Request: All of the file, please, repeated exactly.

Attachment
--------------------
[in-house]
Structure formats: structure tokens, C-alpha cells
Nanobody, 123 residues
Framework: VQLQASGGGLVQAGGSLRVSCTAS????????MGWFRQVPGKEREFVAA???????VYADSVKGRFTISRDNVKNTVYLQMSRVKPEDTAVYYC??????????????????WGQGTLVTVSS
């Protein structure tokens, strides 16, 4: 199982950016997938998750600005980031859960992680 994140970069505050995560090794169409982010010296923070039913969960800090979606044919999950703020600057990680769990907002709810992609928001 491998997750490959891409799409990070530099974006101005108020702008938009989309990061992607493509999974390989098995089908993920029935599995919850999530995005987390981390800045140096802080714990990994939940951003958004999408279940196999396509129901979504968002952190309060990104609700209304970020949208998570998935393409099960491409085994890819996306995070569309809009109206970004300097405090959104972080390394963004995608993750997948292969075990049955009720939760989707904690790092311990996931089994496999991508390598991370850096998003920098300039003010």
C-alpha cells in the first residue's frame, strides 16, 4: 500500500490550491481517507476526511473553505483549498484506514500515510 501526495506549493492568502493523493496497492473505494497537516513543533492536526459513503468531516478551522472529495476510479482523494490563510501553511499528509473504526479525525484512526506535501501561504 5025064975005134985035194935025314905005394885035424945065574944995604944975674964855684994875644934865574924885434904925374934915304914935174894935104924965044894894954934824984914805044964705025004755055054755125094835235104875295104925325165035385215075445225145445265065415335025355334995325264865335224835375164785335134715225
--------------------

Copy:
[in-house]
Structure formats: structure tokens, C-alpha cells
Nanobody, 123 residues
Framework: VQLQASGGGLVQAGGSLRVSCTAS????????MGWFRQVPGKEREFVAA???????VYADSVKGRFTISRDNVKNTVYLQMSRVKPEDTAVYYC??????????????????WGQGTLVTVSS
């Protein structure tokens, strides 16, 4: 199982950016997938998750600005980031859960992680 994140970069505050995560090794169409982010010296923070039913969960800090979606044919999950703020600057990680769990907002709810992609928001 491998997750490959891409799409990070530099974006101005108020702008938009989309990061992607493509999974390989098995089908993920029935599995919850999530995005987390981390800045140096802080714990990994939940951003958004999408279940196999396509129901979504968002952190309060990104609700209304970020949208998570998935393409099960491409085994890819996306995070569309809009109206970004300097405090959104972080390394963004995608993750997948292969075990049955009720939760989707904690790092311990996931089994496999991508390598991370850096998003920098300039003010």
C-alpha cells in the first residue's frame, strides 16, 4: 500500500490550491481517507476526511473553505483549498484506514500515510 501526495506549493492568502493523493496497492473505494497537516513543533492536526459513503468531516478551522472529495476510479482523494490563510501553511499528509473504526479525525484512526506535501501561504 5025064975005134985035194935025314905005394885035424945065574944995604944975674964855684994875644934865574924885434904925374934915304914935174894935104924965044894894954934824984914805044964705025004755055054755125094835235104875295104925325165035385215075445225145445265065415335025355334995325264865335224835375164785335134715225